|Institut National des Jeunes Aveugles|
boulevard des Invalides, 56
The French Institut National des Jeunes Aveugles (National Institute for Blind Youth), in Paris, was the first special school for blind students in the world, and served as a model for many subsequent schools for blind students.
Only at the end of the 18th century did Western societies begin to take an interest in the education of the blind; before that, they were considered incapable of being educated. In 1784, Valentin Haüy undertook to teach François Lesueur to read with the help of the Société philanthropique, a group of benefactors dedicated to various philanthropic projects, which enabled him to prove the efficiency of his method. In 1785, he founded, with his own funds, the Institution des jeunes aveugles ("Instituted for the blind youth"), in Coquillère street, Paris. In 1786 the school moved again, to a building on Notre-Dame-des-Victoires rented by the Société philantropique. On December 26, Haüy presented his methods and some of his pupils to Louis XVI, and was provided with royal funding for 120 pupils, whereupon the school's name was changed to the Institution Royale des Jeunes Aveugles, the "Royal Institute for Blind Youth".
In 1791, after the French Revolution, it was renamed the Institution nationale des jeunes aveugles ("National Institute for the Blind Youth"), and moved to the Couvent des Célestins. From 1800 to 1815, the school was merged with the Quinze-Vingts Hospital, and renamed the Institut national des aveugles travailleurs ("National Institute of the Working Blind").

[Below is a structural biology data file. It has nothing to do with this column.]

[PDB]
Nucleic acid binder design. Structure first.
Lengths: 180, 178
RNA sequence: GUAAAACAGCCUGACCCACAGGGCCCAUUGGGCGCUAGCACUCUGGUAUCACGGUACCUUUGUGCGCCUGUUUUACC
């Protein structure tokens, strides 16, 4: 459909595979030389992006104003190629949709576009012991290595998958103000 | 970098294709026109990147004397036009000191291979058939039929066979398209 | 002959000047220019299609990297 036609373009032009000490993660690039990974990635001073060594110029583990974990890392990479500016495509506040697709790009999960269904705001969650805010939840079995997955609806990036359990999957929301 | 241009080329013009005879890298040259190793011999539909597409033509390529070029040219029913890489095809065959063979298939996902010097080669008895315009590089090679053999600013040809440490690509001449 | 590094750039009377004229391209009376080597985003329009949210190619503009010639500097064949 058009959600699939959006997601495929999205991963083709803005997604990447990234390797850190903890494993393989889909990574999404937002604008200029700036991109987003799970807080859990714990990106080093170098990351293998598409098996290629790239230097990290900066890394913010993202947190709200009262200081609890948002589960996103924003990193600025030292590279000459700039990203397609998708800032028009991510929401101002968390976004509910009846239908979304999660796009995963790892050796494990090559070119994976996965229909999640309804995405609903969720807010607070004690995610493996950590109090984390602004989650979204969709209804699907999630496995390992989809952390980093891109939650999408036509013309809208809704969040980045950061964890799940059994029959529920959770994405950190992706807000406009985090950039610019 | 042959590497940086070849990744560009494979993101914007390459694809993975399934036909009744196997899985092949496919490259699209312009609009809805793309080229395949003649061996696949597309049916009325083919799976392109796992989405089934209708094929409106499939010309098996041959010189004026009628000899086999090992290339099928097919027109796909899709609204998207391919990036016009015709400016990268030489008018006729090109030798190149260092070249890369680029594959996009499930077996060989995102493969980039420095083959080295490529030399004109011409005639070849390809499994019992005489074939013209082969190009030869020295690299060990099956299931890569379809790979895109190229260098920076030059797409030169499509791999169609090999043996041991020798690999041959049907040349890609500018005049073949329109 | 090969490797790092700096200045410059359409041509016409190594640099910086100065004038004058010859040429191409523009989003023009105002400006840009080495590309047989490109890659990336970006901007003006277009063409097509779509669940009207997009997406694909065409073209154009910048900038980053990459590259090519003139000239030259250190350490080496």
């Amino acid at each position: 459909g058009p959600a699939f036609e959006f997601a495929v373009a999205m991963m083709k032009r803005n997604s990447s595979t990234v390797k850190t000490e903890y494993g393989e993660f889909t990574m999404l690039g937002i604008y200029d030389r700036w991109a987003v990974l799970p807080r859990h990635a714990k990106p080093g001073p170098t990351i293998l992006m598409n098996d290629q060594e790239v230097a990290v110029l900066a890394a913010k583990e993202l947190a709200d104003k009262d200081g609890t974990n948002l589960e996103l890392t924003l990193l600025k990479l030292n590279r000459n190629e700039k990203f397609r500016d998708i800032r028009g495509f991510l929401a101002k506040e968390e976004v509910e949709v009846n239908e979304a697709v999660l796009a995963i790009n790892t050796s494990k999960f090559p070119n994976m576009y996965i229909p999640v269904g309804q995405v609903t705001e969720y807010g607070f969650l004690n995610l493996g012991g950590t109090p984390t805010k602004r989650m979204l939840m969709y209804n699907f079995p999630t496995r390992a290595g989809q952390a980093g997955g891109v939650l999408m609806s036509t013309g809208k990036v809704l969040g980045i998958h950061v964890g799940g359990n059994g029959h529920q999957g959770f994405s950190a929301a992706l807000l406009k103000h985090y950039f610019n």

In 1816, the school moved into a former prison that was used during the French Revolution. Sébastien Guillié, who had established the first ophthalmological clinic in France, became its director, but he was forced to leave the position in 1821 due to the brutality he exerted against his pupils. Although it was better than its previous location, the building was cold, poorly lit, and unsanitary: students bathed just once a month (there was only one bathroom) and the meals were of poor quality. Despite this, it was still notable as a location where blind pupils could receive education in grammar, music, history, and science. Louis Braille, the inventor of the braille system, attended the school in 1819 and later taught there.
In 1843, the institute moved into a new, bigger building on Boulevard des Invalides, where it still resides today.
The first organ class for blind students was established at the institute in 1826, and, by 1833, fourteen blind students held organist positions in the churches of Paris. The institute continued to produce a number of successful organists, such as André Marchal, Jean Langlais, and Gaston Litaize.
Effect on other schools
- "HAÜY, Valentin Essai sur l'éducation des aveugles, ... " The first printed book ..." Librairie Camille Sourget (in French). Retrieved October 18, 2017.
- Weygand, Zina (2009). The Blind in French Society from the Middle Ages to the Century of Louis Braille. Stanford University Press.
- "Arrival at the Institute for Blind Youth". afb.org. Retrieved August 22, 2015.
- Jean Langlais: The Man and his Music, Ann Labounsky 2000, pages 30–47
- Louis Braille: A Touch of Genius, C. Michael Mellor, National Braille Press, 2006. Includes sections on Valentin Haüy, Institution Royale des Jeunes Aveugles, Sébastien Guillié, and of course Louis Braille.